And so Jesus’ mother Mary tells Jesus there is no more wine. Now, Jesus’ response has puzzled many smart people over the years, but it is good to realize that although Jesus is sort of rebuking His mother here He is not being disrespectful. It does seem that his mother expected Him to do something. We are not told what she expected, but we are told that Jesus did not approve of what she said. Jesus’ response of “what does this have to do with me?” seems to be saying “You shouldn’t be coming to me like this. This is not your affair.” What makes this so significant is that Jesus goes right ahead and takes care of the problem by doing a miracle. If you are going to do what your mother has in mind anyway, why don’t you simply agree with her and then do it? And I think the answer is that Jesus wants to make clear that although Mary is His mother, it is not by His mother’s will that He acts, but by His Father’s will. Later on in this gospel, Jesus says, “I do nothing on my own authority, but speak just as the Father taught me.” (John 8:28). His mother and His physical family would have no special advantage to guide His ministry. And His mother and physical family would have no special advantage to receive His salvation. Jesus is saying to His mother: your relationship with me as mother has no special weight here. You are a woman like every other woman. My Father in heaven, not any human being, determines what miracles I perform. You, like every one else, come to me by faith, not by family.
And then Jesus also says that His hour has not yet come. What is this hour? All throughout this gospel, John is using this term to anticipate the hour of His death when He will die for sinners and make purification for sins. In John 12, Jesus says, “The hour has come for the Son of Man to be glorified. Truly, truly, I say to you, unless a grain of wheat falls into the earth and dies, it remains alone; but if it dies, it bears much fruit.” (John 12:23-24). And so while here in chapter 2 indeed the hour of His death has not yet come, He goes right ahead and does the miracle. Why? It seems like He wants to give us a sign of what’s coming; a sign of His upcoming mission; what He is come to do here on earth which will ultimately beautifully climax in His death.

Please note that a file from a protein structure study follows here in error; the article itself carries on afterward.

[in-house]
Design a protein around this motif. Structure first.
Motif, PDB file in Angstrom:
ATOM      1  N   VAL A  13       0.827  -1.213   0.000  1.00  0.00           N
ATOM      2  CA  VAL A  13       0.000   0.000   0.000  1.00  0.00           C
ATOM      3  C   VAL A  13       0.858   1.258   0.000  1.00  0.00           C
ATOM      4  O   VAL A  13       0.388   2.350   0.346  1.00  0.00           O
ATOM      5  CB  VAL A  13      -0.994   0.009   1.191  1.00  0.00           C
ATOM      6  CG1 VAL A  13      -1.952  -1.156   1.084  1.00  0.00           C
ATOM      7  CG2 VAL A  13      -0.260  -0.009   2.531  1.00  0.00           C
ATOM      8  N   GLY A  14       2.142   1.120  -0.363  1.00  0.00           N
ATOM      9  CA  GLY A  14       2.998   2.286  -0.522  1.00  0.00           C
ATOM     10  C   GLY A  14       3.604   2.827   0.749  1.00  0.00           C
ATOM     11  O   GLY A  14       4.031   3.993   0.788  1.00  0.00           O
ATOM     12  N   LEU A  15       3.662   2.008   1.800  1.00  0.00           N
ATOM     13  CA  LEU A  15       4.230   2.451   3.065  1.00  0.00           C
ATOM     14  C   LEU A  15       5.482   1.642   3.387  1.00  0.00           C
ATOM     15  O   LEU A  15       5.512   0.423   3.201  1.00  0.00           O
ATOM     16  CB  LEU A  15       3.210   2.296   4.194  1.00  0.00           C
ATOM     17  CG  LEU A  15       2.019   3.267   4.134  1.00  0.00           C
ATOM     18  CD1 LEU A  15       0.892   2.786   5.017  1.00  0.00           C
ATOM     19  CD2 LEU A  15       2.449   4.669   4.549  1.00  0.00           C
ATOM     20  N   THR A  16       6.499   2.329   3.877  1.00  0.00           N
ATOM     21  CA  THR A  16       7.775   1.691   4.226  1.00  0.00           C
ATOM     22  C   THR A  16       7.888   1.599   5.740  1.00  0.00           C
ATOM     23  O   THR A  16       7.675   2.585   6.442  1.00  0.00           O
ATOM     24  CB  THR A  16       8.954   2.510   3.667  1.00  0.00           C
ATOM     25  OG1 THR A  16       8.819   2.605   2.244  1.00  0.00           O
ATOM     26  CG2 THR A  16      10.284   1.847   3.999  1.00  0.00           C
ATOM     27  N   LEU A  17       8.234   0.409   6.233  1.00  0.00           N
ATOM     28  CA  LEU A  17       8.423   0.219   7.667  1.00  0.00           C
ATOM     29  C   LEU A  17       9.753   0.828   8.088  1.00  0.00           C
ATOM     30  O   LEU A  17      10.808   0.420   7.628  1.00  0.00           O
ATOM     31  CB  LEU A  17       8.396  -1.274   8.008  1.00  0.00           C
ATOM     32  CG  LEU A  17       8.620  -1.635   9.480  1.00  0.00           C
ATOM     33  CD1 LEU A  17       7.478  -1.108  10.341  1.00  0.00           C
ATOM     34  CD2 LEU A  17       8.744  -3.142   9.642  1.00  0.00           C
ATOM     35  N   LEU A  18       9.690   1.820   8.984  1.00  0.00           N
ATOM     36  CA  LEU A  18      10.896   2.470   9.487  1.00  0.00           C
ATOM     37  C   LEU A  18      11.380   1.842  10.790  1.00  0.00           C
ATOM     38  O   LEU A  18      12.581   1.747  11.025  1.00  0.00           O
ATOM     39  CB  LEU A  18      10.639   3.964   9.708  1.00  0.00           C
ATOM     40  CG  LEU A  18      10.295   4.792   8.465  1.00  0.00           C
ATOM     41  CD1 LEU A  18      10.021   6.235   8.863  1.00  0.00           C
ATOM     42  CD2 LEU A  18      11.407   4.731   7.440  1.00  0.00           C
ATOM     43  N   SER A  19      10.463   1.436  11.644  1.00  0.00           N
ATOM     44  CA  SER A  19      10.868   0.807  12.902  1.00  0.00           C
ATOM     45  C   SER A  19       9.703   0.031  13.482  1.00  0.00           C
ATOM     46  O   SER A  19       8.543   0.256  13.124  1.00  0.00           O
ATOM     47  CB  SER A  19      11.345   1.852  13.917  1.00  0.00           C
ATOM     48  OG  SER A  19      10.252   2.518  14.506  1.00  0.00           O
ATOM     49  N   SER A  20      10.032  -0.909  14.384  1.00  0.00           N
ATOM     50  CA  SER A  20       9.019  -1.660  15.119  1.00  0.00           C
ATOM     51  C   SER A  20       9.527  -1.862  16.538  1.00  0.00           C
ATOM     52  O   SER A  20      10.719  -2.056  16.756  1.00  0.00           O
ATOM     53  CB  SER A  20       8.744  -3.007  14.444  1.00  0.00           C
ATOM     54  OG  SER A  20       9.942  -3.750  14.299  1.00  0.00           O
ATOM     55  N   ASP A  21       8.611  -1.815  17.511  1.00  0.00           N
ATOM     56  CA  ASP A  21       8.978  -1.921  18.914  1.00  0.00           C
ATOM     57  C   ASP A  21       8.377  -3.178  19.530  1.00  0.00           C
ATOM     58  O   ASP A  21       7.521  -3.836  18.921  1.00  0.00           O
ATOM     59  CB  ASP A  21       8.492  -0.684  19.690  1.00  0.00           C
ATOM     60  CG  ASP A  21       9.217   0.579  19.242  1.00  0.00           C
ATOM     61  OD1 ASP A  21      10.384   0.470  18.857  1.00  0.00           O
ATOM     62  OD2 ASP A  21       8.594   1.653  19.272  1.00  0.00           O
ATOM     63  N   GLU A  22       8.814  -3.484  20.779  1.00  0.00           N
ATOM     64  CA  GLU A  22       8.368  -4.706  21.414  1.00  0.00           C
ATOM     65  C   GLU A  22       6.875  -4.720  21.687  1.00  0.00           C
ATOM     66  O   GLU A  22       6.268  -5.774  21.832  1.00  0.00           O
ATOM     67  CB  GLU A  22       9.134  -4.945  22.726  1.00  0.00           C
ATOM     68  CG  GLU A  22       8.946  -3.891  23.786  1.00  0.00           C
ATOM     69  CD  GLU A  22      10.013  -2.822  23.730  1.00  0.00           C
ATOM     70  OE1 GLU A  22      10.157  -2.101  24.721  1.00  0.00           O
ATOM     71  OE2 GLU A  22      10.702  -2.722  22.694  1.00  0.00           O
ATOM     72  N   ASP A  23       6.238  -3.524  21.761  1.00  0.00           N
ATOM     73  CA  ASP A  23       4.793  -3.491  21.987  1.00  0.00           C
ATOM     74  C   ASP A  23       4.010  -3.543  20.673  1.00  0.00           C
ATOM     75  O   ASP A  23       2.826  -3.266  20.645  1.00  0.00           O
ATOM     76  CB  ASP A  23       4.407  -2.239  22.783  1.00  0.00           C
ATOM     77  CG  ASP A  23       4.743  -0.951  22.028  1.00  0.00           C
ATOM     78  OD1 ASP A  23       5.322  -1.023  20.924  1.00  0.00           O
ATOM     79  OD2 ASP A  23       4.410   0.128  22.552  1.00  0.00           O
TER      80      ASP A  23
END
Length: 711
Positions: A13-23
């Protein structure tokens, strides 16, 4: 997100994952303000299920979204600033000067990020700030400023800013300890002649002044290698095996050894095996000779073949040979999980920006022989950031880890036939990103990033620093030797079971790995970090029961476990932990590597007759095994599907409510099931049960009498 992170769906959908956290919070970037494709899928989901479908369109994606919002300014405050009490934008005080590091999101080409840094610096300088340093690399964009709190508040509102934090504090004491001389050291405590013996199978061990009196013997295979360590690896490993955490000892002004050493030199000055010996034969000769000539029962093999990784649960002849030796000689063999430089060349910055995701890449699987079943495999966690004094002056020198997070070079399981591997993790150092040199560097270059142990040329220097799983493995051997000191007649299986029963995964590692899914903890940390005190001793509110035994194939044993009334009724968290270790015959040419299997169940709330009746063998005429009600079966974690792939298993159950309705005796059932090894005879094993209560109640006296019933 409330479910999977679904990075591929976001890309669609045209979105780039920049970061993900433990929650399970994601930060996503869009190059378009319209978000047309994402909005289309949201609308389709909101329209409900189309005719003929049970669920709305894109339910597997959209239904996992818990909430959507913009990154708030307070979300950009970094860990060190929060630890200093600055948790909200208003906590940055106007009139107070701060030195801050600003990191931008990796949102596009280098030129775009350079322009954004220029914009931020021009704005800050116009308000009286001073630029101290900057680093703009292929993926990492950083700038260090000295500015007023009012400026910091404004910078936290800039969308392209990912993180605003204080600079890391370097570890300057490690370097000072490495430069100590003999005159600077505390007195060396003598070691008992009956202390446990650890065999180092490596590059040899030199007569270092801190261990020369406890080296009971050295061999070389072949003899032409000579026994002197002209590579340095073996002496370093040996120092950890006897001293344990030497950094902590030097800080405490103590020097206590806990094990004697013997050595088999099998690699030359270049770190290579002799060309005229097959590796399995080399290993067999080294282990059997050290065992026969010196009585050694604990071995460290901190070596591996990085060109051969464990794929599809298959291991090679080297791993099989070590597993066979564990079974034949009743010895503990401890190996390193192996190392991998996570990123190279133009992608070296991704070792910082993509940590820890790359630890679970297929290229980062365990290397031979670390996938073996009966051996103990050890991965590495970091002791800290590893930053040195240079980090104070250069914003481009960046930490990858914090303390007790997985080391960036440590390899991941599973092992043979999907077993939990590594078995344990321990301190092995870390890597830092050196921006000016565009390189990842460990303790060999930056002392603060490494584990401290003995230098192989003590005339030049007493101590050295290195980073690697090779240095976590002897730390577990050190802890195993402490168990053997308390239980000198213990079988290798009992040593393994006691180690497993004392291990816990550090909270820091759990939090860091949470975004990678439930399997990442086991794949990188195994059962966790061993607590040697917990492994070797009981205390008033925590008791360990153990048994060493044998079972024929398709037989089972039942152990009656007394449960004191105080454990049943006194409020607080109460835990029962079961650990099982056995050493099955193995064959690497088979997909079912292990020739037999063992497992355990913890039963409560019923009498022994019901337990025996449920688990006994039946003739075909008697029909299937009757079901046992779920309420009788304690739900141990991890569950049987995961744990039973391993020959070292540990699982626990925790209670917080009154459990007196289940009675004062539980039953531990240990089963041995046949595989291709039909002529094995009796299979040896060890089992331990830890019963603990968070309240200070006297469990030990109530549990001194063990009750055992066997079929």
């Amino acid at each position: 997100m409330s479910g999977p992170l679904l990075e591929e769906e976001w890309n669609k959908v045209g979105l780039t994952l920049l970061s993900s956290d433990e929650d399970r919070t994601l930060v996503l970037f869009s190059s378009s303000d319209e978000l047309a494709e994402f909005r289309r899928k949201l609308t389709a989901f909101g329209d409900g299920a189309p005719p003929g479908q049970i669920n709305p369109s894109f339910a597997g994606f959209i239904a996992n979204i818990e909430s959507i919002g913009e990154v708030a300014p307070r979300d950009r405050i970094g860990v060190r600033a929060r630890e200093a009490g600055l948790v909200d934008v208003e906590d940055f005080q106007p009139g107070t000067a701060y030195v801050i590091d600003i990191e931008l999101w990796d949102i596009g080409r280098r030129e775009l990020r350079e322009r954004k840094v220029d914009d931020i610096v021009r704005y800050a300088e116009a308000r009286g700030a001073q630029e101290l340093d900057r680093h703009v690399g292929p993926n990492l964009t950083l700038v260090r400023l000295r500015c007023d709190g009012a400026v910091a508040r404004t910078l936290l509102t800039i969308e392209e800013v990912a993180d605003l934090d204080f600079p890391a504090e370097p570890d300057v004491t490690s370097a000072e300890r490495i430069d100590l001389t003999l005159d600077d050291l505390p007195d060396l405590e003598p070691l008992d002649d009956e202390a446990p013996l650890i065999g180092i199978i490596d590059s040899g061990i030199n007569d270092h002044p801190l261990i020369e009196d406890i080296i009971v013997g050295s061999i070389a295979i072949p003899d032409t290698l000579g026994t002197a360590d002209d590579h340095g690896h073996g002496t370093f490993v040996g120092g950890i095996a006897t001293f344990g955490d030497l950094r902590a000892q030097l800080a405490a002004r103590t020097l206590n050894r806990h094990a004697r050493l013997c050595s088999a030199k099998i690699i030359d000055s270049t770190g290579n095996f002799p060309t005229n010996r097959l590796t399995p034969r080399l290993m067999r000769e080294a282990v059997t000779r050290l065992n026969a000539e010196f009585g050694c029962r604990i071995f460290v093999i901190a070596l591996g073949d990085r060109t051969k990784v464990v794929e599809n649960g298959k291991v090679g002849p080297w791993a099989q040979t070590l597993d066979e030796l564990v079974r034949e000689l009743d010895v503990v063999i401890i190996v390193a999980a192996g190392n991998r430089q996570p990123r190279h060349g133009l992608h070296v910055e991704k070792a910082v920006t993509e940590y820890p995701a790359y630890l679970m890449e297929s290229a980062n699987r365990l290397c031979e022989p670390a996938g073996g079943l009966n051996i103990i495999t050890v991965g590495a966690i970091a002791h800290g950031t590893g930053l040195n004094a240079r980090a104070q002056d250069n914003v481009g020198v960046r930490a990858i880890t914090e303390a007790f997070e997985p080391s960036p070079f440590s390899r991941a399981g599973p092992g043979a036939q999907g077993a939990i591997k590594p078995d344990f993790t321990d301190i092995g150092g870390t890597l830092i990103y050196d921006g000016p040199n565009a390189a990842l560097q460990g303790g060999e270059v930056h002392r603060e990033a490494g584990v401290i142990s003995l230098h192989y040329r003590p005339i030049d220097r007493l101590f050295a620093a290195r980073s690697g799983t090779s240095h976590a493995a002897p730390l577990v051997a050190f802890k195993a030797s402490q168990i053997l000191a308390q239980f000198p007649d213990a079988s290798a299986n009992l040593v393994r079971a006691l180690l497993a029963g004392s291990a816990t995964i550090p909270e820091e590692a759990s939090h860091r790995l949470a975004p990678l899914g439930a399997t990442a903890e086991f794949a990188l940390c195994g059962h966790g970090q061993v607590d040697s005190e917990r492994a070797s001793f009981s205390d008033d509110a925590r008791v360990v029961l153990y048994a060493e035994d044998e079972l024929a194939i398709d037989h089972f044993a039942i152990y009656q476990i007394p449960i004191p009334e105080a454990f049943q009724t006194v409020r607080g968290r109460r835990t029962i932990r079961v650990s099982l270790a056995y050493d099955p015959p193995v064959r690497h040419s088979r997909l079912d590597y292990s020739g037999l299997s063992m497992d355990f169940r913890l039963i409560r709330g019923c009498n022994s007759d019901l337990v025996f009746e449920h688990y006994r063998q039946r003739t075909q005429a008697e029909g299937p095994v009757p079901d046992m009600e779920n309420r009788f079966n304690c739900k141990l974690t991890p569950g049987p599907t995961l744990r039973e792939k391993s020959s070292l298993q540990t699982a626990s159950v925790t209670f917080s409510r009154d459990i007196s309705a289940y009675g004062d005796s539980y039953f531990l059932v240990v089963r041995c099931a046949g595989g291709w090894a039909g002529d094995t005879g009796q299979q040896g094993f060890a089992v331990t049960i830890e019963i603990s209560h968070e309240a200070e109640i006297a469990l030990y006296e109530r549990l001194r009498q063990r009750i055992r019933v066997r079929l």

The Best Wine: An Act of Faith
We don’t know what exactly happened between Mary telling the servants to do whatever Jesus says, and Jesus actually asking them, but I think that Jesus got up from His table and sort of unnoticed went to the back where the servants were to instruct them what to do. And He asked them to completely fill up these six stone water jars with water. Now this must have been a very strange request to the servants as these jars were normally used for cleansing and ritual purification. You see, daily life, and especially contact with Gentiles and the secular world made a Jew ceremonially unclean. Therefore, Jews poured water over their hands before eating and so on. But the feast was already ongoing; this was not the time for that. There was a wine problem, not a cleansing problem, right? But as Mary asked the servants to do whatever Jesus asked them, they obeyed without question, filling them up till they almost overflowed. Can you imagine if these servants were lazy and only filled up the jars halfway? There would have been only half the amount of wine, and thus only half the blessing for the bridegroom and all the guests. And since it says that this miracle manifested His glory, Jesus would have been way less glorified. And then He tells them to take some of the water and bring it to the master of the feast. This took a lot of faith. Can you imagine how angry the master of the feast would be if the servants brought him water to taste! Yet in faith, they obeyed the word of Jesus. And what happened? The water had become wine. Good wine. I am guessing the best wine they every tasted! And lots of it! 20-30 gallons * 6 jars = 120-180 gallons (450-680 liters of wine = 337- 510 bottles of wine). Jesus performed miracles in many different ways. Here, Jesus did not say a word or blink an eye. He merely exercised His will and the miracle was done.